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Purdue University

Wells Hydraulics

Purdue University via edX

Overview

Groundwater is the water beneath the ground surface. It is a vast freshwater reservoir often overlooked because invisible, yet 1000 times greater than all lakes and rivers. The Earth is blue for its oceans, but green for the freshwater under our feet. Half of the world’s population rely on groundwater for drinking and almost half of the irrigated land now depends on groundwater, a ten-fold increase in the past 50 years. In order to use the water from the ground, we first have to extract it! This course introduces wells hydraulics. Wells are used to provide groundwater for domestic, agricultural or industrial uses. Wells are also used in applications to control groundwater flow and contamination. Pump and treat systems are designed to extract contaminated water before it can be treated. The treated water is released to the environment, sometimes using recharge wells that can replenish aquifers. Wells can also control salt intrusions in coastal environments or the water table level at a construction site.

This course addresses questions such as:

  • How exactly do we extract groundwater?
  • How do we know if an aquifer can provide enough water?
  • How do we model underground flow to wells?
  • How can we use wells to remove water from construction sites or water-logged fields?

This wells hydraulics course starts with a description of steady flow to wells. We introduce the notion of radial coordinates and steady flow to wells in confined and unconfined aquifers. We also introduce finite difference methods to model flow to wells. We introduce transient flows in confined, semiconfined and unconfined aquifers. We use graphic methods and semi-automated methods to calculate aquifer properties from well tests. We also introduce slug tests and their analysis.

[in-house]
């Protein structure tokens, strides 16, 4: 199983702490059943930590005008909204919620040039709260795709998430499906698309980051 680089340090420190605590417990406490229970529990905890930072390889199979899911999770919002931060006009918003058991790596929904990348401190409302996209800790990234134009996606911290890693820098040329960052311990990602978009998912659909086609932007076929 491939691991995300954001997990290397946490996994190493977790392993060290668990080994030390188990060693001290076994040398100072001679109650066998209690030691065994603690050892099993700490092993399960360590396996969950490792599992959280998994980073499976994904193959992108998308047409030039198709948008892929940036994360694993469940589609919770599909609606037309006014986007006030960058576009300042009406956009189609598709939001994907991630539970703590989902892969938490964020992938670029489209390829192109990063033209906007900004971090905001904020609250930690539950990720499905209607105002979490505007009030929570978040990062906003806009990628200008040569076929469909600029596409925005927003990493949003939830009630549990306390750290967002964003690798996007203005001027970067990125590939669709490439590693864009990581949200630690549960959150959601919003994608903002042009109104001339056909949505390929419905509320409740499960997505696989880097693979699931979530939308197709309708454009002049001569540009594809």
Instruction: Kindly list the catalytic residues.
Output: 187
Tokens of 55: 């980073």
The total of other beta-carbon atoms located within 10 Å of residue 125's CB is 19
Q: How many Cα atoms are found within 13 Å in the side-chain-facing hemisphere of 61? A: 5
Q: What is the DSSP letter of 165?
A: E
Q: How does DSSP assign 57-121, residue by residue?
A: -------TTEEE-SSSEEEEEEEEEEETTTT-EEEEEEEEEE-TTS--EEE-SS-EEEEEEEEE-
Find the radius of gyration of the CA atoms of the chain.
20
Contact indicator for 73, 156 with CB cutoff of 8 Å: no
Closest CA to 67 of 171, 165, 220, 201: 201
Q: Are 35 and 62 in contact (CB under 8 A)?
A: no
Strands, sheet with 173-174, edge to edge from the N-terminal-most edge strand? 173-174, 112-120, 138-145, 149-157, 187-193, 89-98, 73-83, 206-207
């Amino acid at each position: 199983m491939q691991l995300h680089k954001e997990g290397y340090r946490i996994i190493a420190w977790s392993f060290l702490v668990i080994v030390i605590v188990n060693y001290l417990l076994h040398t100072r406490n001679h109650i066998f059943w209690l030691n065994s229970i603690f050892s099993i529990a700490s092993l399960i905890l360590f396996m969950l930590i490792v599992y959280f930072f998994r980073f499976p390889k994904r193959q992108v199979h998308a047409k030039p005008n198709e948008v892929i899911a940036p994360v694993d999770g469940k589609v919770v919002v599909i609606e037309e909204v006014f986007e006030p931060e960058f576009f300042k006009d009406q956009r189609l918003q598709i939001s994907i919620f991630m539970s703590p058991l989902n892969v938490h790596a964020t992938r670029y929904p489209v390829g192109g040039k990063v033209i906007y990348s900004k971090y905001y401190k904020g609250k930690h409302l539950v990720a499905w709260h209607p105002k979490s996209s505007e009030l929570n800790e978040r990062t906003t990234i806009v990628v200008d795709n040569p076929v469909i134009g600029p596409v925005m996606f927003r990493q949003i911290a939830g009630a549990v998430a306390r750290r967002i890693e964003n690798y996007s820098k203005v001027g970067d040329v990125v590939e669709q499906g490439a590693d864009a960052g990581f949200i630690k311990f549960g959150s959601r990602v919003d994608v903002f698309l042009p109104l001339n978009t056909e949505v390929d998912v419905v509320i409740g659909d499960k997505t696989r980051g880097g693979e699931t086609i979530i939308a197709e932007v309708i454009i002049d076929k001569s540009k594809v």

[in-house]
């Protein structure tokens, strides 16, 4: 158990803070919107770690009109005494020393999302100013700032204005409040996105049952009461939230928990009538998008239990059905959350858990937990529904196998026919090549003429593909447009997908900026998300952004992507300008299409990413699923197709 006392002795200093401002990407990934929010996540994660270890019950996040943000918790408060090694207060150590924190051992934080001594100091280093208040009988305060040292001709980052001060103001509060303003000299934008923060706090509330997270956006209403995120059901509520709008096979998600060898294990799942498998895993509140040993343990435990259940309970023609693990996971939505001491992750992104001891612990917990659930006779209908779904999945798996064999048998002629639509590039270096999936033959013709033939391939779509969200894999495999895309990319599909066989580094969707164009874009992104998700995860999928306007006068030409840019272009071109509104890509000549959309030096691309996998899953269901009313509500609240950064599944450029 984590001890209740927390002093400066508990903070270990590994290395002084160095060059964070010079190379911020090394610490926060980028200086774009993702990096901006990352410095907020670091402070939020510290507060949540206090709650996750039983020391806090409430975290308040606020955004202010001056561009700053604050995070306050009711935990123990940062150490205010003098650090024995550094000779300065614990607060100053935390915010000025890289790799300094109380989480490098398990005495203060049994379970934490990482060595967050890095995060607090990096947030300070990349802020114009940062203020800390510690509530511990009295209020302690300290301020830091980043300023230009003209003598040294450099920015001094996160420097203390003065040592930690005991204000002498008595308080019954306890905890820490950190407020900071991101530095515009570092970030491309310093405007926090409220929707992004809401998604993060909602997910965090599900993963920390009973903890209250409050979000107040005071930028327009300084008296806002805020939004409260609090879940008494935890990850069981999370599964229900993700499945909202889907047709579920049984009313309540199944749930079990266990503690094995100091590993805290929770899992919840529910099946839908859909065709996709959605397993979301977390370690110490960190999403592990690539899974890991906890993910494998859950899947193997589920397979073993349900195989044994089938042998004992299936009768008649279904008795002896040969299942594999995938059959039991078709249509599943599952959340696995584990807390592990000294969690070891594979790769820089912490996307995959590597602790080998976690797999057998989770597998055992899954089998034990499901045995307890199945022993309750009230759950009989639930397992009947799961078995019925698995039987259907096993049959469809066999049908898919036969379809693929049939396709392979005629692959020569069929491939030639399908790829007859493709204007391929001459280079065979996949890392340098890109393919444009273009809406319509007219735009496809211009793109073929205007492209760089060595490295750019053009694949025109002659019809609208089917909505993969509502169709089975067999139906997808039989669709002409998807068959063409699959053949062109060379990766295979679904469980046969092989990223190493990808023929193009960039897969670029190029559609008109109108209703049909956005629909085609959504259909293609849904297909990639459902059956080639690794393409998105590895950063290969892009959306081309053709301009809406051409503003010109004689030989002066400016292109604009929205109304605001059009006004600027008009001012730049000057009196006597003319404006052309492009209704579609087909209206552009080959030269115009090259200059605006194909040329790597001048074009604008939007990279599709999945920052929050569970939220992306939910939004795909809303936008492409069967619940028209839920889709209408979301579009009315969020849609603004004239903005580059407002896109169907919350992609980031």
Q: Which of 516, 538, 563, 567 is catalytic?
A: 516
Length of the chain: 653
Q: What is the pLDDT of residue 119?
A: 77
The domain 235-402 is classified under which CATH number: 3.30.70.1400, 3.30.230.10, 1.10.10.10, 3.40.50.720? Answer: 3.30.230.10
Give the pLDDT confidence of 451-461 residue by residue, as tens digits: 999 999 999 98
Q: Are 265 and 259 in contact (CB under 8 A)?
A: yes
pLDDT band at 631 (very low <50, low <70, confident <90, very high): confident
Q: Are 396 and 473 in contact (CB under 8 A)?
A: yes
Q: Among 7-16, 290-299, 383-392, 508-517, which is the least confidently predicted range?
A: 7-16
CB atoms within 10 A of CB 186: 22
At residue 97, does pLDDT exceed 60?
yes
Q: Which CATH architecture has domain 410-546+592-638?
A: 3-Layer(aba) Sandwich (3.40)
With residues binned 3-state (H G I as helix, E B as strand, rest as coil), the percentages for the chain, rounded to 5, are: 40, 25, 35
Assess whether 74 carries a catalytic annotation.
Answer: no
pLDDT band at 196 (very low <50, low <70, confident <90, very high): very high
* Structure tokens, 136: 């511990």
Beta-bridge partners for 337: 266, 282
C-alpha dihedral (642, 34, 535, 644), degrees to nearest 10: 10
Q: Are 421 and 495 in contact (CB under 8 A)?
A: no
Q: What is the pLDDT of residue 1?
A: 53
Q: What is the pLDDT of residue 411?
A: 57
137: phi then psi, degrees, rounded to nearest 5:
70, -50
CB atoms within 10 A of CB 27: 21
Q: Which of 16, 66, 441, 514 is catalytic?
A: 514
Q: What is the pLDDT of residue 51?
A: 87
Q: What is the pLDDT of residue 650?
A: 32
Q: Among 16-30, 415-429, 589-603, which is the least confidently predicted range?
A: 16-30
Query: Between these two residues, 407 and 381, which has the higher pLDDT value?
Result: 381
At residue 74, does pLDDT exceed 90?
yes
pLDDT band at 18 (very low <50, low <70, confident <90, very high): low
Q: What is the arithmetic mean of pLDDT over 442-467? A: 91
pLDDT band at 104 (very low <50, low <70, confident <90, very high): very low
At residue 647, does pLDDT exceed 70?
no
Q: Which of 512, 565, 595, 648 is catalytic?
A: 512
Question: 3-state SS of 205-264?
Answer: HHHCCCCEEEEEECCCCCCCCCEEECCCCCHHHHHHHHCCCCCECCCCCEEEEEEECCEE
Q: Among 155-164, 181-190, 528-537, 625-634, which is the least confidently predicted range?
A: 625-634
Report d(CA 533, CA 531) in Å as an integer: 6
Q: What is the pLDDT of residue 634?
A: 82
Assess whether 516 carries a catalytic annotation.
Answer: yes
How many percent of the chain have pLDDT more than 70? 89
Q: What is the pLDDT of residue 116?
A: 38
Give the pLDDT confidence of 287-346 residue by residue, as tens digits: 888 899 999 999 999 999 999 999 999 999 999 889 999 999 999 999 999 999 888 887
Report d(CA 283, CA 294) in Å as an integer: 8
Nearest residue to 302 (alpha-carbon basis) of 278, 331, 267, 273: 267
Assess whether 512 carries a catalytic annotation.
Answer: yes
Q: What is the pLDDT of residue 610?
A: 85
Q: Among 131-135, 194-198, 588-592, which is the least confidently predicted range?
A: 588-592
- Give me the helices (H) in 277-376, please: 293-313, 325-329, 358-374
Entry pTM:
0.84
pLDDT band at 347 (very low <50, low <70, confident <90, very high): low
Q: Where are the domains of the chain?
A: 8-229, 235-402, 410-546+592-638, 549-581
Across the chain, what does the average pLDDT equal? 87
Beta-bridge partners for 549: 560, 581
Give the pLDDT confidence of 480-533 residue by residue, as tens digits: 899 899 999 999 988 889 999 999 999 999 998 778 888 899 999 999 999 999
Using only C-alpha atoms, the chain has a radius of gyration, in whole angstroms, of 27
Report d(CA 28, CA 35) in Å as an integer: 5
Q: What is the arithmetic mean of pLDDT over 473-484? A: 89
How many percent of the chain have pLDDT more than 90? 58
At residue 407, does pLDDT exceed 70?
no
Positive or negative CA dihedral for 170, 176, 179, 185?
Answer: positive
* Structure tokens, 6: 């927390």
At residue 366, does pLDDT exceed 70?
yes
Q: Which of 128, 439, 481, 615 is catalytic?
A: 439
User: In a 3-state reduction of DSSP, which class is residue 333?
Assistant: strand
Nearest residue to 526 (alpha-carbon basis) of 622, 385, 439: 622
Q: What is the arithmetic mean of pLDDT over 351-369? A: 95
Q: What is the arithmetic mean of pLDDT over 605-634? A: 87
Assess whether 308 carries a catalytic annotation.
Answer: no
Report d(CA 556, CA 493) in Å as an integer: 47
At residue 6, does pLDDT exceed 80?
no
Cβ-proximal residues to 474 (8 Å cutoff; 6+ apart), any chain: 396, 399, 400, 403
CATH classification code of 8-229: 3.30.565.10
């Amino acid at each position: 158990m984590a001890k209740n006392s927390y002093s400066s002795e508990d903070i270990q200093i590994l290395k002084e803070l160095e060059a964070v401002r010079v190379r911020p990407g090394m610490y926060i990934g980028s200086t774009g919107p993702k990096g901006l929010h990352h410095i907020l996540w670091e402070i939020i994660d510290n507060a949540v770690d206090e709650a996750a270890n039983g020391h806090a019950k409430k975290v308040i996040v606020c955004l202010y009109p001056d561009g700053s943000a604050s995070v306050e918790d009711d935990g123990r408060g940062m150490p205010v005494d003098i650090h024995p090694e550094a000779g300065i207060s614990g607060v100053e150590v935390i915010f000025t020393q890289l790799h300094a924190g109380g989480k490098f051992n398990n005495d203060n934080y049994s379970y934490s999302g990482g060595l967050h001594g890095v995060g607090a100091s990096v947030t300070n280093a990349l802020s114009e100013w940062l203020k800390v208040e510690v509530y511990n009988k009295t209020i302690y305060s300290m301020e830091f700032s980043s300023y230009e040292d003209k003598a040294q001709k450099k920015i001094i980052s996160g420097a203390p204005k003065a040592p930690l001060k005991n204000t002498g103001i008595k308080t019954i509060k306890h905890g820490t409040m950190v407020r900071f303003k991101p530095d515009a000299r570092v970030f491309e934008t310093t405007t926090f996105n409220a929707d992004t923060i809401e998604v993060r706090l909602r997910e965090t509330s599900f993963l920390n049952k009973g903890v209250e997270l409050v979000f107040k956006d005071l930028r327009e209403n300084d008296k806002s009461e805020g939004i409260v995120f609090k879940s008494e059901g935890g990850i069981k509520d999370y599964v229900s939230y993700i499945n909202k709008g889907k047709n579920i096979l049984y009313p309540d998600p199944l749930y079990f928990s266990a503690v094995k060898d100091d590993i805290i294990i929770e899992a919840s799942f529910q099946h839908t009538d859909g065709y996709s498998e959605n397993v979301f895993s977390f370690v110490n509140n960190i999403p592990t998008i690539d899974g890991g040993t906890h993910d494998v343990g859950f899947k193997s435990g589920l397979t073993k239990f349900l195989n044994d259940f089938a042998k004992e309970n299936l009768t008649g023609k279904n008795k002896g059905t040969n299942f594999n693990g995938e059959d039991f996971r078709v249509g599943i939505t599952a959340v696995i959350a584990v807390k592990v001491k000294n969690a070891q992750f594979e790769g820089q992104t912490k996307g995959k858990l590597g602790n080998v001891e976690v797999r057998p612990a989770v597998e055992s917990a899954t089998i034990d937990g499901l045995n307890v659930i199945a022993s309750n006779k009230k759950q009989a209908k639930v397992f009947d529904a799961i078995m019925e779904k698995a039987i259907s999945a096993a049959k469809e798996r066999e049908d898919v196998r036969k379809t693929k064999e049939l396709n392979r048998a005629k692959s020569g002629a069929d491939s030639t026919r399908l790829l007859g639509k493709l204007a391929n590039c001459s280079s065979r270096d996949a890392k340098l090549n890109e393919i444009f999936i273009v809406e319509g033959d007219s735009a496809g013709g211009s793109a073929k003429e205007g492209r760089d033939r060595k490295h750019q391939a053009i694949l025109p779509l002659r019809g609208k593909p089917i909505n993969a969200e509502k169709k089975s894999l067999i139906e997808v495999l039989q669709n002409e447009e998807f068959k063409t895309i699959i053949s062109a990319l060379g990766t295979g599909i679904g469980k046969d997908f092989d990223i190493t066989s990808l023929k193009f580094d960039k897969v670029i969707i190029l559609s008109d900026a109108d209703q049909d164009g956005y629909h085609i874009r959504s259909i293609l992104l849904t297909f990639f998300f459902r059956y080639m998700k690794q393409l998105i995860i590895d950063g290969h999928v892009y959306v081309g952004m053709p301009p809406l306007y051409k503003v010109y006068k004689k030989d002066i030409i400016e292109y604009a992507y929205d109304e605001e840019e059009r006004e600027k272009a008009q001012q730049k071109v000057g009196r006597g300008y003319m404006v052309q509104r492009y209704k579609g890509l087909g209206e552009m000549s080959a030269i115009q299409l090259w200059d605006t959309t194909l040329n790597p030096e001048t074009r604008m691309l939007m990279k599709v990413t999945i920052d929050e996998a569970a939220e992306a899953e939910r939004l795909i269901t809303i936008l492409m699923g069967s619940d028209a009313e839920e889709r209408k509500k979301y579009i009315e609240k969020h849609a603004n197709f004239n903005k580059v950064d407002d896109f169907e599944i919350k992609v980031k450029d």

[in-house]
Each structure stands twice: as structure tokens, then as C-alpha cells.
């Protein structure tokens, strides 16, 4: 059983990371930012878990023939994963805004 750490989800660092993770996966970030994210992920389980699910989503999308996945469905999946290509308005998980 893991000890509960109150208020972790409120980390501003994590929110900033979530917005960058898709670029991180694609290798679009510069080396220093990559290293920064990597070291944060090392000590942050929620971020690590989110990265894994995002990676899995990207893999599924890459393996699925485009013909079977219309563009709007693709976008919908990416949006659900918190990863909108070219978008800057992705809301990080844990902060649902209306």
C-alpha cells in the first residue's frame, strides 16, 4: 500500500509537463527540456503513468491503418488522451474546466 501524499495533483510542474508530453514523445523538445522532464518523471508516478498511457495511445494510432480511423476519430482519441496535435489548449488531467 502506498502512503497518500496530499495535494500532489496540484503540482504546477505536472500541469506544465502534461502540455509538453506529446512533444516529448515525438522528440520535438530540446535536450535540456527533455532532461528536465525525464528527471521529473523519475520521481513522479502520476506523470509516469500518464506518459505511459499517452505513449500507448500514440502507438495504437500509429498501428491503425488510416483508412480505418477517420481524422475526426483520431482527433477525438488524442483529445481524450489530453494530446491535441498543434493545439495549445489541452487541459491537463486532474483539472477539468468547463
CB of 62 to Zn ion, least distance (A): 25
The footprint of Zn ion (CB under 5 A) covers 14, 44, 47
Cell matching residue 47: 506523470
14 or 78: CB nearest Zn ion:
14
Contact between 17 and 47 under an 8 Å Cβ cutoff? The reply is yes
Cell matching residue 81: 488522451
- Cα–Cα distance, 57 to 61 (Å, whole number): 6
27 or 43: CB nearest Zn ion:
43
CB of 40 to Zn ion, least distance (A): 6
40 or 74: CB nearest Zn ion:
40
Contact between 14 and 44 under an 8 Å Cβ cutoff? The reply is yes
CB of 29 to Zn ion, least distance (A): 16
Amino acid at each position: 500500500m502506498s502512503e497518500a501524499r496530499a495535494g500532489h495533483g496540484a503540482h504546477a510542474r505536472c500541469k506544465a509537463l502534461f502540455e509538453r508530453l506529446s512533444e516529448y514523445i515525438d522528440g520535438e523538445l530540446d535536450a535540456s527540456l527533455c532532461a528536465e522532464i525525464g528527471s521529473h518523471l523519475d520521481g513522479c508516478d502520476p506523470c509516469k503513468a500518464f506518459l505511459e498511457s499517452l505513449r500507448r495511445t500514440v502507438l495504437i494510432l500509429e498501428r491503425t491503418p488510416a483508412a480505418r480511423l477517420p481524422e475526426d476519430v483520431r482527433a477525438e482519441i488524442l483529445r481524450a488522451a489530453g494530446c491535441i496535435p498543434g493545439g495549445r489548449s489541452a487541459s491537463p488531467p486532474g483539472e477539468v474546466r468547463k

After the well and slug tests, we introduce well fields and issues of dewatering. We review the superposition principle and problems of domain boundaries before focusing on dewatering examples. We continue to explore the topic of well fields in the context of extraction and injection wells, with an example of pump and treat design and an in-situ remediation design. We also show an example of a well model in MODFLOW.

Syllabus

Week 1: Steady Flow to well

We start with the description of radial coordinates and steady flow to wellsin confined and unconfined aquifers. We also introduce finite difference methods.

  • Steady Flow to Well
  • Radial Coordinates
  • Steady Flow to Confined Well
  • Finite Difference

Week 2: Transient Confined and Semi-Confined Flows

We describe transient flows in confined and semiconfined aquifers. We use graphic methods and semi-automated methods to calculate aquifer properties from well tests.

  • Transient Confined Flow
  • Transient Confined
  • Transient Confined: Graphic Method
  • Transient Confined: Straight Line
  • Transient Leaky Confined

Week 3: Transient Unconfined Flows

We continue to describe well tests in unconfined aquifers to calculate unconfined aquifer properties. We also introduce slug tests and their analysis.

  • Transient Unconfined
  • Slug Tests:
    • Cooper Method
    • Hvorslev Method
    • Bouwer and Rice

Week 4: Well Fields and Dewatering

We start by reviewing the superposition principle and review the problem of domain boundaries. We then focus on dewatering examples.

  • Wells Fields
  • Superposition Principle
  • Boundaries
  • Dewatering

Week 5: Pump and treat / Capture Zones and MODFLOW models

We continue to explore the topic of well fields in the context of extraction and injection wells. We show an example of pump and treat design and an in-situ remediation design. We also show an example of a well model in MODFLOW.

  • Pump and Treat/ Capture Zones
  • MODFLOW

Taught by

Antoine Aubeneau

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